A Beginner’s Guide to Investing

LearnVest CEO Alexa von Tobel returns to kick off our new investment series.

Women are a major force in today’s economy. We control over half of the country’s wealth and by 2020, the Federal Reserve estimates that number will increase to two-thirds. Unfortunately, despite having more financial power than ever, we aren’t saving nearly enough. As women, we’re equally likely to enroll in a retirement plan as men, but we tend to save less—6.9% of our pay compared to 7.6% for our male counterparts—and that’s a problem considering that women outlive men and tend to have higher medical costs, meaning that we should be saving more. "If there's one thing all wealthy people have in common, it's this: they invest." —LearnVest In light of these facts, Alexa von Tobel, CEO of LearnVest, author of Financially Fearless and the expert behind Finance 101: A Millennial’s Guide to Money, says it’s absolutely crucial that women learn to invest. “Investing is a powerful tool to help you grow your money and reach your financial goals," Alexa says. “The majority of women believe that they lack the knowledge to invest in today’s market. Six in 10 women rely on family and friends for financial advice instead of financial experts.” We asked Alexa and the LearnVest team to help set the record straight—and introduce us to the principles of investing that we should be putting into practice today.

1. Your dad had a pension—you don’t

For the first time in history, the responsibility for retirement planning is shifting away from the government. With Social Security dwindling, it’s primarily up to you to make sure you save enough money to retire. Once you determine how much to set aside each month for retirement, investing those funds becomes equally important—otherwise inflation can actually eat into your account balance.

2. Make your money work for you

Historically, inflation has increased at a rate of approximately 3% each year. If you keep your cash in a savings account (with an approximate interest rate of 1%), your money is actually losing value over time. Investing essentially puts your money into a marketplace where companies, governments and other entities can use it to create a profit that will be returned to you.

3. So, how much should you invest?

Consider following the Rule of 120. The idea is simple: subtract your age from 120. The number you get represents the percentage of your retirement portfolio to invest in stocks. In following this rule, a 35-year-old would have 85% of their portfolio invested in stocks and 15% in more predictable vehicles like cash or bonds that you can make readily available in case of an emergency. Only invest money that you won’t need to liquidate within the next five years.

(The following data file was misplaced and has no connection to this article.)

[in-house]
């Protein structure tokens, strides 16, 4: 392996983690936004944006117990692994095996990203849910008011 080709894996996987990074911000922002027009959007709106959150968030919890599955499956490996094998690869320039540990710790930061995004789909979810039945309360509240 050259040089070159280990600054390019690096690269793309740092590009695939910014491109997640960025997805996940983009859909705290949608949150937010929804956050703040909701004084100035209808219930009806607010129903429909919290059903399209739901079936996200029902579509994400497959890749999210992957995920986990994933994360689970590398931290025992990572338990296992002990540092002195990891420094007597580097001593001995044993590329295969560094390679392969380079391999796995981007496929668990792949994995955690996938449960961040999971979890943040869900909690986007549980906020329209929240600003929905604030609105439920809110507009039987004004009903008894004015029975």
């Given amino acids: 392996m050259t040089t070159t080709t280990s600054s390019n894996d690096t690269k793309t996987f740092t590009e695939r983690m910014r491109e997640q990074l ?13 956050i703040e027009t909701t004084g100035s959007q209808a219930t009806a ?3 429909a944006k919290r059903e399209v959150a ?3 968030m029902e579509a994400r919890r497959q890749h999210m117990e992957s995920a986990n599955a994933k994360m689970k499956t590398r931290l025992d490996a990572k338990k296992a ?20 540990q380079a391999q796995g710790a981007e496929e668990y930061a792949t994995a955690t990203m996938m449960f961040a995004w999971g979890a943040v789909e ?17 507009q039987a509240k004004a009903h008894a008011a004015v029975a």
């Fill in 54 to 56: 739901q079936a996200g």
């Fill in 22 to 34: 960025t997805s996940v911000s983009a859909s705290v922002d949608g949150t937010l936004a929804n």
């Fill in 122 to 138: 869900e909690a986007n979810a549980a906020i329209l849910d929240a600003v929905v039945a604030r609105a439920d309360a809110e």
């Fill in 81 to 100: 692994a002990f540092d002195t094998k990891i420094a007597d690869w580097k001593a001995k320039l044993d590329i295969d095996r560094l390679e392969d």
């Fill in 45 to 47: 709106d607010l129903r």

4. The Rule of 5

Another rule of thumb: Only invest money that you won’t need to liquidate within the next five years. If you’re saving to buy a house in two years, that money may be safer in a high-yield savings account. If you’re saving for your child’s college education in 15 years, you can consider investing that money.

5. Get comfortable. You’re going to be here a while

The stock market has historically gone up, but it will have days, months and even years where it will go down. The key to dealing with the inevitable swings is to keep a cool head and take a long-haul approach. Don’t follow day-to-day market news or try to “play” the market. Instead, consider setting a calendar alert every year or every quarter to check in on your portfolio and rebalance it based on your needs.

6. A diverse portfolio is key

The principle of diversifying is simple: don’t put all of your eggs in one basket. Having a diverse portfolio can help minimize your exposure to market fluctuations. The poor performance of some stocks will be offset by good performances in others. Ideally, you should spread your investments out across a wide variety of companies, industries and even countries. This doesn’t just distribute risk; it also means you have a variety of growth opportunities that you might not have had if everything was in one place.

7. Ready to start investing?

At LearnVest, you'll be matched with a personal financial advisor who will help you establish a budget and determine how best to utilize investing to reach your goals. If you're starting out on your own, first assess your financial situation to see if you're in a position to invest. Do you have outstanding debt? Do you have an emergency savings account with enough cash to cover your living expenses for six months, or more, if you have a family? If your finances are in check, consider seeking out a fee-based service that can help guide you to the best place to start investing your money. For more information on investing, or to learn more about managing your money and find a financial planner, visit LearnVest.com.


LearnVest Planning Services is a registered investment adviser and subsidiary of LearnVest, Inc., that provides financial plans for its clients. Information shown is for illustrative purposes only and is not intended as investment, legal or tax planning advice. Please consult a financial adviser, attorney or tax specialist for advice specific to your financial situation.